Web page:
“Whomp, whap whap, Whomp, whap whap WHOMP!” The beat grew louder, and the tempo increased. Unamplified, the sound of the Zulu drums boomed, vibrating the very seat I sat in and echoing through the lodge. It was here, deep in Zulu countryside in South Africa, where I witnessed the most impressive and awe-inspiring show I have ever experienced.
The show was only one piece of a form of audience immersion that they put on here in Shakaland, north of Durban in the South African province of KwaZulu Natal. I had heard of the place before but, to be honest, had dismissed it as some type of Disneyland experience, most definitely not for me. But, after a few glowing recommendations I decided to head up there with my South Africa friend Veronique Palmer in October of 2010 to see what all of the fuss was about. What I saw blew my socks off…
The main focus of Shakaland is the life-size recreation of a traditional Zulu village that you can wander through. The village was created for the TV Series ‘Shaka Zulu,’ and they kept it around and converted it to Shakaland after the show was over.
What’s impressive about Shakaland is the fact that all of the actors remain in character the entire time you are there. They converse only in the Zulu tongue, play traditional Zulu games, and engage in activities that would have been performed during the time that Shaka, the great king of the Zulus, would have held control over this area.
You are welcome to wander around from one hut to the next and ask any questions you have about the traditional Zulu ways, or simply explore and take it all in.
There is some excellent attention to detail here, and you really do feel immersed. I can tell you that I normally turn my nose up at these type of ‘experiences,’ particularly when the actors that take place in it are from a different culture than the one in which they are portraying. But here, all of the actors are Zulu, speak Zulu at home, and live in real modern Zulu villages nearby, adding a real air of authenticity to the place.
The warrior actors would also let you try your hand at throwing a Zulu spear or wielding a short-range Iklwa spear, invented by Shaka Zulu himself and a formidable weapon with a gruesome history. Supposedly the name Iklwa stands for the sound it made as it pierced a warriors chest.
What was also impressive about this place was that no one was trying to force you to buy some worthless trinkets. It’s not to say you couldn’t buy some souvenirs if you wanted to, but in the Zulu village, at least, everything was focused on authenticity instead of shameless merchandising.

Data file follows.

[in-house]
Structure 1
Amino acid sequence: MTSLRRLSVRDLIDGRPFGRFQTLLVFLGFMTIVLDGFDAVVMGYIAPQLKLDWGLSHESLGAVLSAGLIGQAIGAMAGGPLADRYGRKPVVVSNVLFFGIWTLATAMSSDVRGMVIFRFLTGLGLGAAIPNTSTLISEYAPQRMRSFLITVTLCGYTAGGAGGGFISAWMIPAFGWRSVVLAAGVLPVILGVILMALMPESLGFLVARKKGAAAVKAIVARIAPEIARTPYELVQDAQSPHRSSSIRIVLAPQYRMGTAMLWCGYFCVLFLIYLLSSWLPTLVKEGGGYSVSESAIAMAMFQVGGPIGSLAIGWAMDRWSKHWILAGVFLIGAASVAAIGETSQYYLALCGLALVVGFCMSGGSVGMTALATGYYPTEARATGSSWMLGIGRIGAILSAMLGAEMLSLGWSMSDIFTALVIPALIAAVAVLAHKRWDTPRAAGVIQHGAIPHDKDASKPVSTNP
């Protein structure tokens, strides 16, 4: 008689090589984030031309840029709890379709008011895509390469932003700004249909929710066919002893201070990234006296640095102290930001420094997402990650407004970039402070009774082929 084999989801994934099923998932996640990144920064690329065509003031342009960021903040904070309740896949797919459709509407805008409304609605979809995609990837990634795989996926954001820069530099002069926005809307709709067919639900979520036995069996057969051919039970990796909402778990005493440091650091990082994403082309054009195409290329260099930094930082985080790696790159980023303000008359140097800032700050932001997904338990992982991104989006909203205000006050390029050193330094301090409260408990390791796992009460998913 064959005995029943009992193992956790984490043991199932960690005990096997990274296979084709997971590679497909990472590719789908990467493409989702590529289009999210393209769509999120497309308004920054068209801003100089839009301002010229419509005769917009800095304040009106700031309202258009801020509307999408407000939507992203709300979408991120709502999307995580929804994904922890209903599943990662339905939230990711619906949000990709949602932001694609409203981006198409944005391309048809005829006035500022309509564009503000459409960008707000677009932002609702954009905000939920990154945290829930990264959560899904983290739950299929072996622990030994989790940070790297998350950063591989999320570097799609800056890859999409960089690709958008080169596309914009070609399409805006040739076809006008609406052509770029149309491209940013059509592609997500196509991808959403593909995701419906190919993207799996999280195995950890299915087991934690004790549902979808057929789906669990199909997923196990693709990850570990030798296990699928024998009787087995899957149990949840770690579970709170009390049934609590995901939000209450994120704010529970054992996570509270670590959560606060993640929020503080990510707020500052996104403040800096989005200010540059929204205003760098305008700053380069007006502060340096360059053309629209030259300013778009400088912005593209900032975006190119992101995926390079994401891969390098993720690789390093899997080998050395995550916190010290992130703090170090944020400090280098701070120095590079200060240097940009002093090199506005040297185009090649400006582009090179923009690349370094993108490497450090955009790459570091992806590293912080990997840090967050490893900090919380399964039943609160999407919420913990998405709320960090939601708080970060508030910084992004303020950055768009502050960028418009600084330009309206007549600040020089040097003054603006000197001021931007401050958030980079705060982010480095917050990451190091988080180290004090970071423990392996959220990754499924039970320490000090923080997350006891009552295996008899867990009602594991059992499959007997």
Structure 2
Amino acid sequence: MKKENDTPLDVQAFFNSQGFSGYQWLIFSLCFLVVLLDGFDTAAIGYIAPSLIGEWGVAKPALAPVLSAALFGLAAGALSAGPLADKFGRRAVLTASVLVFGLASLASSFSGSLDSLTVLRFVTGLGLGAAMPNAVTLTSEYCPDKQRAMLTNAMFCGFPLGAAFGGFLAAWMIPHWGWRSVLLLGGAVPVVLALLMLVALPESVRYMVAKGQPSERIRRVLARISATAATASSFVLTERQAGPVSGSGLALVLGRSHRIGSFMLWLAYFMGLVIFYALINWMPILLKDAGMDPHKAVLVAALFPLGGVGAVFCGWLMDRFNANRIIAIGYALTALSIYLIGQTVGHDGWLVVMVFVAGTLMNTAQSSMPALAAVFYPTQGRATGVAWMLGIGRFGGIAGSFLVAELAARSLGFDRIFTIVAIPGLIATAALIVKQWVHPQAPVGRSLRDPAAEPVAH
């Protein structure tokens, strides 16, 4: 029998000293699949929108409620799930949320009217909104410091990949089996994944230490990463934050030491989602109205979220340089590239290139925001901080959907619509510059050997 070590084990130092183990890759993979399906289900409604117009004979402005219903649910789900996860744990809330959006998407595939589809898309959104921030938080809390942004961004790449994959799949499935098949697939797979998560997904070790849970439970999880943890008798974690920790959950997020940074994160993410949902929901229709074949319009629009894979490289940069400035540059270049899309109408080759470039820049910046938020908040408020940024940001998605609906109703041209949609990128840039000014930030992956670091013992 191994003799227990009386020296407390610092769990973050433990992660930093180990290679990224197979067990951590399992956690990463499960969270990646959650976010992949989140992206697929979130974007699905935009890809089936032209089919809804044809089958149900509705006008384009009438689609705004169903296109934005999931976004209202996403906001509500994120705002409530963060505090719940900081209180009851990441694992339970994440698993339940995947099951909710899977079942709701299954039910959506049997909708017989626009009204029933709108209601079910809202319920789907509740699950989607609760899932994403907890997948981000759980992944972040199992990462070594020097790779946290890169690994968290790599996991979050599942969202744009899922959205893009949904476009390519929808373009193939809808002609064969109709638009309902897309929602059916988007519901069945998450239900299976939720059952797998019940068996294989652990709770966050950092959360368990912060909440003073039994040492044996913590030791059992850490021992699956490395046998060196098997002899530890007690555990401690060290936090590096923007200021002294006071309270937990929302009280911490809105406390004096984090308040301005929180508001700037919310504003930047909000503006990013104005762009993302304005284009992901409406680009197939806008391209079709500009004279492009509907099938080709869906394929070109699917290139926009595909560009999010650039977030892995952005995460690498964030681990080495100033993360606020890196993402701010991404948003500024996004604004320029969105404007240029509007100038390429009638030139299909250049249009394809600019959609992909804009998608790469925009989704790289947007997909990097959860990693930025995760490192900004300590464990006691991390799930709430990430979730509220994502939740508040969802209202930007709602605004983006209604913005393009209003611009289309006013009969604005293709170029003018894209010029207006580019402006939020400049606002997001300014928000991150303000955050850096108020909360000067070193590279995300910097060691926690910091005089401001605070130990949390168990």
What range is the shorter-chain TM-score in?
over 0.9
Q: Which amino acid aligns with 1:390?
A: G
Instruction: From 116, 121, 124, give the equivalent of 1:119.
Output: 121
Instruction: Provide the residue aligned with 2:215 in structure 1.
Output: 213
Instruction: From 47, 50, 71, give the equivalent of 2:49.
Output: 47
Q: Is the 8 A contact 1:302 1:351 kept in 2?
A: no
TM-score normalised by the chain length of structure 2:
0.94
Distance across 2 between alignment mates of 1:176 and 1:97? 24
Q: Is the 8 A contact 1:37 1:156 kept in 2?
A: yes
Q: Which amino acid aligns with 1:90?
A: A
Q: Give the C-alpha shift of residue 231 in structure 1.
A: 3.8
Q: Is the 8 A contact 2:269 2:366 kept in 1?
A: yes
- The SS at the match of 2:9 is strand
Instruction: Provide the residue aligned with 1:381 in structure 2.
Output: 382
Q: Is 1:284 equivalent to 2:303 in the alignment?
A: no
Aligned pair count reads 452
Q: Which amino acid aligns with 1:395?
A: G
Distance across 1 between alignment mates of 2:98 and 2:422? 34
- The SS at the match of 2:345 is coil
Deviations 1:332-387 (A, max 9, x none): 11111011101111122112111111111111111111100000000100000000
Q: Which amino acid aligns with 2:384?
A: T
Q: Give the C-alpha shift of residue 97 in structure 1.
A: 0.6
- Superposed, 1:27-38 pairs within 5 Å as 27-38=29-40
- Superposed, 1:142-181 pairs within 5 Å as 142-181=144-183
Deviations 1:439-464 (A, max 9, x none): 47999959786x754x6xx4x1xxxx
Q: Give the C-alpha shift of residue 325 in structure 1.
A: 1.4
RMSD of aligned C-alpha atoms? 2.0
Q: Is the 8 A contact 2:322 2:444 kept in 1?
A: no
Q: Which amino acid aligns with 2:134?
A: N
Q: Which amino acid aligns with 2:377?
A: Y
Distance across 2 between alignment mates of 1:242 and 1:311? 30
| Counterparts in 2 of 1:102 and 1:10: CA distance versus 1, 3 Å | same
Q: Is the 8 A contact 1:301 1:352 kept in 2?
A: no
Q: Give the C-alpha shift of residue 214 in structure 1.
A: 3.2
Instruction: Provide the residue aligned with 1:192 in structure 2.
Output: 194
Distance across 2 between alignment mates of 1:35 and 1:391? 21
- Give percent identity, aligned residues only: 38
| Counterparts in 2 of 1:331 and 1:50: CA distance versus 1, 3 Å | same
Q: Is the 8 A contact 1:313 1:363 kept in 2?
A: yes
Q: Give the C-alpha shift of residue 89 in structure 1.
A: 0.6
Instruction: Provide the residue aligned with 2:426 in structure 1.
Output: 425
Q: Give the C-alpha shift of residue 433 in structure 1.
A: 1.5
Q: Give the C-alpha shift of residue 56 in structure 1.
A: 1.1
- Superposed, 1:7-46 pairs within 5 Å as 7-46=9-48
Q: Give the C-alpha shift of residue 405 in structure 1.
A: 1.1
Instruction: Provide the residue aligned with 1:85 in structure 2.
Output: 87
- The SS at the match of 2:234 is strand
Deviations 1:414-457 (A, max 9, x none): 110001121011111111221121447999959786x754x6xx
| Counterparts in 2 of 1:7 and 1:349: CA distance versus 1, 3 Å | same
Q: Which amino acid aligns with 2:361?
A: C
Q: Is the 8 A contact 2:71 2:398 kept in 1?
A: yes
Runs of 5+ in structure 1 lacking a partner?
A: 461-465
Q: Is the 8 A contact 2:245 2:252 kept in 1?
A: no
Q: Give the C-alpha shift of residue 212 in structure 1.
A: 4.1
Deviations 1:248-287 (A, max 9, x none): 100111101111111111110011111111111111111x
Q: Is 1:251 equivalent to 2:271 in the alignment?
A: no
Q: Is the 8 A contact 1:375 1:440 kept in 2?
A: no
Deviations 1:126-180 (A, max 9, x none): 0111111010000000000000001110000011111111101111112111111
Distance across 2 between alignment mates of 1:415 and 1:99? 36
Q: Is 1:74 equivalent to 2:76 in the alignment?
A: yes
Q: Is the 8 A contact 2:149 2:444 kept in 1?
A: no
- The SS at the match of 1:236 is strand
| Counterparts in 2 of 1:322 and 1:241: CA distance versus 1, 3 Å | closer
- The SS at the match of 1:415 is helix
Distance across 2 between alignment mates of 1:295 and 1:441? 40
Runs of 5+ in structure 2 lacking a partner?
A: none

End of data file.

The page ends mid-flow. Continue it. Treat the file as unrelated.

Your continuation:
There was even an area where you could try out a traditional Zulu homemade beer, which is like a grittier and less alcoholic version of the beers we normally think of.
One of the real highlights of the experience in Shakaland was that some of the local kids were in on the act as well. We had a great time playing with them…the girl on the left could really dance up a storm!
Just when I thought that it couldn’t get any better, the entire group of actors made their way into the main lodge for a Zulu dance show. And what a show it was…thumping beats, fast action, and re-enactments of Zulu battles (see my video above.)
They did explain at various intervals the significance of some of the dances. In the video, for example, you can see at one point how it looks like they are loading a gun and ducking. That particular dance symbolized how the Zulus learned to wait until the British soldiers had emptied their rifles before they would rush to attack, a technique that worked for them very well during the British Army’s disastrous defeat at the hand of the Zulus in the Battle of Isandlwana.
I can honestly say that, to this day, this show was the most impressive one I’ve seen in my life…more impressive than the largest stage performances I’ve seen on Broadway or in Vegas. The entire lodge vibrated from the sound, and the colors and movement of the dance was hypnotizing, immersing you wholly into the experience.
They did all of this without any modern techniques or sophistication, no amplifiers, stage lights, or the like. It was simply a heart-pounding 30 minutes of incredible dynamism.
Shakaland was most certainly worth the drive out into the hills, and one that I’ve subsequently recommended to my friends and colleagues. While I was there, I found out that there are even overnight lodging options, something I would definitely consider for next time. In a country filled with some amazing sights, I really have to take my hat off to the actors and owners of this place, it truly was a wonderful experience and highly recommended!
Shakaland is around a two hour drive north of Durban. Drive north on the main coastal Highway 2 for just over an hour until you get to exit 277. Take R66 northwest from there until you arrive in the village of Eshowe and look for signs for Shakaland.
Consider renting a car or engaging with a tour company to transport you up there. I prefer the rental car option as it frees you from having to go as a group, and you have the flexibility to drive elsewhere as needed. While South Africa has a bit of a reputation as an unsafe place, I find most of that to be over exaggerated and based on the situation in South Africa as it was a few decades ago. The daily programs/shows start at 11am and noon, and they also offer an overnight show option, according to their website. Enjoy!